If you're looking for a pair of Hi-fidelity speakers with quintessential minimal aesthetics that gives you high-quality listening pleasure, do consider having a look at the KEF LSX and the KEF LS50. Just so you know, both are above the $1000 mark.
Additionally, even though possibly usable as studio monitors, they aimed for pleasure from consumer-level listening rather than critical listening.
For a high-end audiophile experience in your study or bedroom (ideally at a desk or table), these are absolutely great.
In summary, both the KEF LS50 and KEF LSX are lightweight wireless speakers that offer great sound and a broad bandwidth offering high performance for those with a budget of above $1000. The KEF LS50 is the bigger, heavier, and pricier of the two. Both offer good overall sound transparency, but the KEF LSX can get a little muddy in the sub-bass frequencies.
Now let’s get to the bolts and nuts.
While the general aesthetic of both caters to minimalistic, elegant tastes, that’s where the commonalities end. The KEF LS50 comes with a coat of textured fabric that gives it that cozy look just right for your bookshelf. It comes in a broad palette of colors, including Grey, Black, Red, and Blue. The KEF LSX, on the other hand, has a more regular plastic exterior which isn’t as elegant but also offers five colors (White, Olive Green, Black, Blue, and Red) and doesn’t look tacky despite being made of plastic. The advantage this gives you, though, is it’s very lightweight.
That being said, both qualify as lightweight gear, making them easy and portable to place anywhere in your home without much of a fuss.
- KEF LS50: 302 x 200 x 27 8mm (11.9 x 7.9 x 10.9in) // Weight: 3.6 Kgs (7.9lbs)
- KEF LSX: 240 x 155 x 180 mm (9.5 x 6.1 x 7.1in.) // Weight: 10 Kgs (22lbs)
Let me tell you something right off the bat.
The sound quality performance you'll end up getting from a speaker will always depend on your room acoustics - particularly room dimensions and speaker positions.
The impact of the combination of these two is actually so strong that in most cases, it doesn't even make sense to utter a single word on sound quality without speaking of them.
This is also why it's not unusual to see completely different reviews of the same speaker.
In one case the speaker might be placed in a sweet spot inside the room and hence the user might be satisfied. In other cases the same speaker might be ill placed and hence user might even have returned it.
The point most people miss here is that it mostly isn't even about the engineering behind the speaker itself. It's about where you place the speaker inside which room.
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So, in order to solve this problem, I've partnered with an Acoustics and Audio Engineering PhD and created Soundton - a simple, 2D, browser accessible online speaker placement calculator.
With Soundton, now there's a way to figure the sound quality of most speakers before you buy them.
Read more about its working principles at soundton.com.
The end colormap provides you the locations with the best (green) and worst (red) acoustics.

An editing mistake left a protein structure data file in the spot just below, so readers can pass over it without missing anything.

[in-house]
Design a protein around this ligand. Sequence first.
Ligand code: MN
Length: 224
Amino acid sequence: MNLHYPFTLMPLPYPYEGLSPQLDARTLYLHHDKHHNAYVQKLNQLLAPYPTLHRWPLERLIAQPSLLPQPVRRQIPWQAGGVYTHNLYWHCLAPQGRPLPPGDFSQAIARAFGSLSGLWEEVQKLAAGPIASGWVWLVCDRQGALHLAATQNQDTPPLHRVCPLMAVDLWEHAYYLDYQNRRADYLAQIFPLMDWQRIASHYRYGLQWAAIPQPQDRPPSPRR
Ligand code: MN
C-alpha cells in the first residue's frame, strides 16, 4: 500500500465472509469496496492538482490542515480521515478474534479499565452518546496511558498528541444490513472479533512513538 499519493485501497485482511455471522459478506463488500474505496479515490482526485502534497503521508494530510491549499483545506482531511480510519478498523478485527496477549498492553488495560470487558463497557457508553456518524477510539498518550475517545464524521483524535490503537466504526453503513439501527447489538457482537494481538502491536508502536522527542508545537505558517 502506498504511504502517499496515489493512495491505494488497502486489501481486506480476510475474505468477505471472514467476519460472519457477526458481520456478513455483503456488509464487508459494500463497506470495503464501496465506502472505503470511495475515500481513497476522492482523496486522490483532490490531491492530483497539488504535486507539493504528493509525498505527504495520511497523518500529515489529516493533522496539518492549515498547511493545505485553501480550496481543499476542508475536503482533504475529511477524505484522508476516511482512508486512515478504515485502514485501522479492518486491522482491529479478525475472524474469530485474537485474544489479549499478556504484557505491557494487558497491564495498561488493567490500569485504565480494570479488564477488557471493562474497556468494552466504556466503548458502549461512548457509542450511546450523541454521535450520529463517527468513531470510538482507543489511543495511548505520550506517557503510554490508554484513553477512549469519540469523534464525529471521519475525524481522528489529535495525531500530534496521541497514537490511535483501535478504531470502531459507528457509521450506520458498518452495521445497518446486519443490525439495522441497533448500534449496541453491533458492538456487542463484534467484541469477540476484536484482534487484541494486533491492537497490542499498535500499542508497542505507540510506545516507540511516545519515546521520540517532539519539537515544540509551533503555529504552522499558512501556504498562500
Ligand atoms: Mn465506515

ASAP Science also made a video on the loudest and quietest rooms in the world. A mind blowing example of the importance of acoustics (play time adjusted video below).
Other parameters such as the age/materials of the building, the furniture & carpets in place, etc can and will, of course, have an effect on room acoustics, too. But it's much less compared to other parameters mentioned above.
Also, while you're at it, blast my Hidden Electronic Gems list to test the speakers:
Both speakers shine in this department and give the audiophile that satisfying feeling of money well invested. They come with KEF's Uni-Q driver specially built for these models that result in not just clear frequency response but also enhanced stereo reproduction. The latter is due to the central tweeter placement across mid and bass cones. As aforementioned, these are definitely audiophile-worthy speakers! The overall clarity in all frequency ranges is clear and smooth. Both come with high-end drivers made of aluminum.
That being said, there are naturally some differences between the two, especially due to differences in size. The KEF LSX doesn’t give you the same league of bass response its bigger brother does. This is to be expected, though, and the tradeoff between that response and its portability is a fair one.
Another thing that makes a big difference is the surface on which they are kept, especially in the case of the KEF LS50, which weighs less than half of the KEF LSX. Wooden furniture or a library/study would be great environments for these. But if you’re in a sparser room with (sound) reflective material like steel or stone, consider using absorbent material to keep these on. Speaker stands are one option. But just placing books underneath can also be a surprisingly effective DIY method.
40Hz – 47kHz
43Hz – 47kHz
46Hz – 47kHz
Maximum Output: 106 dB
49Hz - 47kHz
52Hz - 47kHz
55Hz - 47kHz
Maximum Output: 102 dB
Both speakers shine in this department, giving you a range of connectivity options. You can see this Connectivity Guide in kef.com, too.
(Note: The wireless options come with only the newer generations of KEF LS50’s!)
- Bluetooth extends up to 10m and integrates up to 10 devices. Wireless connectivity with Tidal and Spotify.
And a range of inputs that include:
- TOSLINK Optical
- 3.5mm Auxiliary Input
- RJ45 Ethernet
- Dual-band Wi-Fi
- USB Type B
- RCA line input
In conclusion, this is how the KEF LS50 and the KEF LSX stack up against each other:
- Design: Tie. The KEF LS50 is classier, but the KEF LSX is lighter.
- Sound: The KEF LS50 wins by a tiny margin.
- Connectivity: A clear tie.
- Price: The KEF LSX wins.